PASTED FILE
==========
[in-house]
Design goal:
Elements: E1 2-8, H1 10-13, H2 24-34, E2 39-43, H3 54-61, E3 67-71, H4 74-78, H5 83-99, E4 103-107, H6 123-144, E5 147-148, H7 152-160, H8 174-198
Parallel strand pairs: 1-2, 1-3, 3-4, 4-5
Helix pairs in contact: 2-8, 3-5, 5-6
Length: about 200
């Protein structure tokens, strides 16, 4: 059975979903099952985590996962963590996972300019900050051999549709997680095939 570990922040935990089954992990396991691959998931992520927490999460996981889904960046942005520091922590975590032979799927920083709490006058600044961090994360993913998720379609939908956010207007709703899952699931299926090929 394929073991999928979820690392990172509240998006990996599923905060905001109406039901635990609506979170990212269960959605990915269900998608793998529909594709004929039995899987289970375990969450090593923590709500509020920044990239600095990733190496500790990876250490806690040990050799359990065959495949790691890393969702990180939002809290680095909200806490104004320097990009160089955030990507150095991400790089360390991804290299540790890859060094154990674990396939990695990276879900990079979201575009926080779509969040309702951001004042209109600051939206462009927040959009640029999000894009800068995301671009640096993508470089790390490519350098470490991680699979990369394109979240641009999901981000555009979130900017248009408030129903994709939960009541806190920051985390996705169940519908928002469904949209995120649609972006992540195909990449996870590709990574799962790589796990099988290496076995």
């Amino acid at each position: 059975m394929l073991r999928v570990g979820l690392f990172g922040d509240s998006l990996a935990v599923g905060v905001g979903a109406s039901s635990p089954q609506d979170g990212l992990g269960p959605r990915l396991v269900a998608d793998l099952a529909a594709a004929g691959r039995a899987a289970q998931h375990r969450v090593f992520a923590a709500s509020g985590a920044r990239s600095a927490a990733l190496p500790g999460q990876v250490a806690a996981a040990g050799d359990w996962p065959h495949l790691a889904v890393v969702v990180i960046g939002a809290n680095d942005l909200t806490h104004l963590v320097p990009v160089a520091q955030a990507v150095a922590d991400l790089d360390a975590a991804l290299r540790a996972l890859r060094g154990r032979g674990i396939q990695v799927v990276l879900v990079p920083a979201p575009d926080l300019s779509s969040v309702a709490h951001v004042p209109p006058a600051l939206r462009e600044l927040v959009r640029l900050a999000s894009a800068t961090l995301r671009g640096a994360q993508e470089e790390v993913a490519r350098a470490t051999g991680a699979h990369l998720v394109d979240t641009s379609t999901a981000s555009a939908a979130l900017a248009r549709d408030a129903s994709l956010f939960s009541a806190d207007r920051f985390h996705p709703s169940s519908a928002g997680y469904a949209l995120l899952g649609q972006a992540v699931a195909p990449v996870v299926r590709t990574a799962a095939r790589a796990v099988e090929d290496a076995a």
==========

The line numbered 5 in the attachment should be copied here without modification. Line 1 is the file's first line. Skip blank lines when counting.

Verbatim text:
Helix pairs in contact: 2-8, 3-5, 5-6